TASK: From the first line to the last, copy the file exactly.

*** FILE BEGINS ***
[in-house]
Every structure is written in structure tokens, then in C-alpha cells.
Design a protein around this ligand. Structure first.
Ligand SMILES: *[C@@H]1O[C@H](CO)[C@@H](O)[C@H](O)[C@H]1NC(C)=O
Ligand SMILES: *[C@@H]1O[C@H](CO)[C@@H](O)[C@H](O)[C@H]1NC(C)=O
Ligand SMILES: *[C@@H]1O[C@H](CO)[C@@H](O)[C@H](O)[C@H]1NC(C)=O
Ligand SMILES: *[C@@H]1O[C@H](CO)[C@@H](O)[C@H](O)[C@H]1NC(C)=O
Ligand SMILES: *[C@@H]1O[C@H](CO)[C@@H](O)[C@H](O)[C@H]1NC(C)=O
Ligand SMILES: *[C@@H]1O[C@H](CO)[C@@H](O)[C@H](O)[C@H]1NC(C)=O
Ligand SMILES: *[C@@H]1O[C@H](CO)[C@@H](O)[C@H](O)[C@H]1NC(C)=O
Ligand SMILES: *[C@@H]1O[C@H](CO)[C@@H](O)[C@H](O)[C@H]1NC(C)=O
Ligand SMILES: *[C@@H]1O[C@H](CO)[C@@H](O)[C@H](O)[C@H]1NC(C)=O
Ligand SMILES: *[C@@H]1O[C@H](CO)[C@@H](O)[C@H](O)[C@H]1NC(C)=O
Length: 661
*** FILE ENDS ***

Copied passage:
[in-house]
Every structure is written in structure tokens, then in C-alpha cells.
Design a protein around this ligand. Structure first.
Ligand SMILES: *[C@@H]1O[C@H](CO)[C@@H](O)[C@H](O)[C@H]1NC(C)=O
Ligand SMILES: *[C@@H]1O[C@H](CO)[C@@H](O)[C@H](O)[C@H]1NC(C)=O
Ligand SMILES: *[C@@H]1O[C@H](CO)[C@@H](O)[C@H](O)[C@H]1NC(C)=O
Ligand SMILES: *[C@@H]1O[C@H](CO)[C@@H](O)[C@H](O)[C@H]1NC(C)=O
Ligand SMILES: *[C@@H]1O[C@H](CO)[C@@H](O)[C@H](O)[C@H]1NC(C)=O
Ligand SMILES: *[C@@H]1O[C@H](CO)[C@@H](O)[C@H](O)[C@H]1NC(C)=O
Ligand SMILES: *[C@@H]1O[C@H](CO)[C@@H](O)[C@H](O)[C@H]1NC(C)=O
Ligand SMILES: *[C@@H]1O[C@H](CO)[C@@H](O)[C@H](O)[C@H]1NC(C)=O
Ligand SMILES: *[C@@H]1O[C@H](CO)[C@@H](O)[C@H](O)[C@H]1NC(C)=O
Ligand SMILES: *[C@@H]1O[C@H](CO)[C@@H](O)[C@H](O)[C@H]1NC(C)=O
Length: 661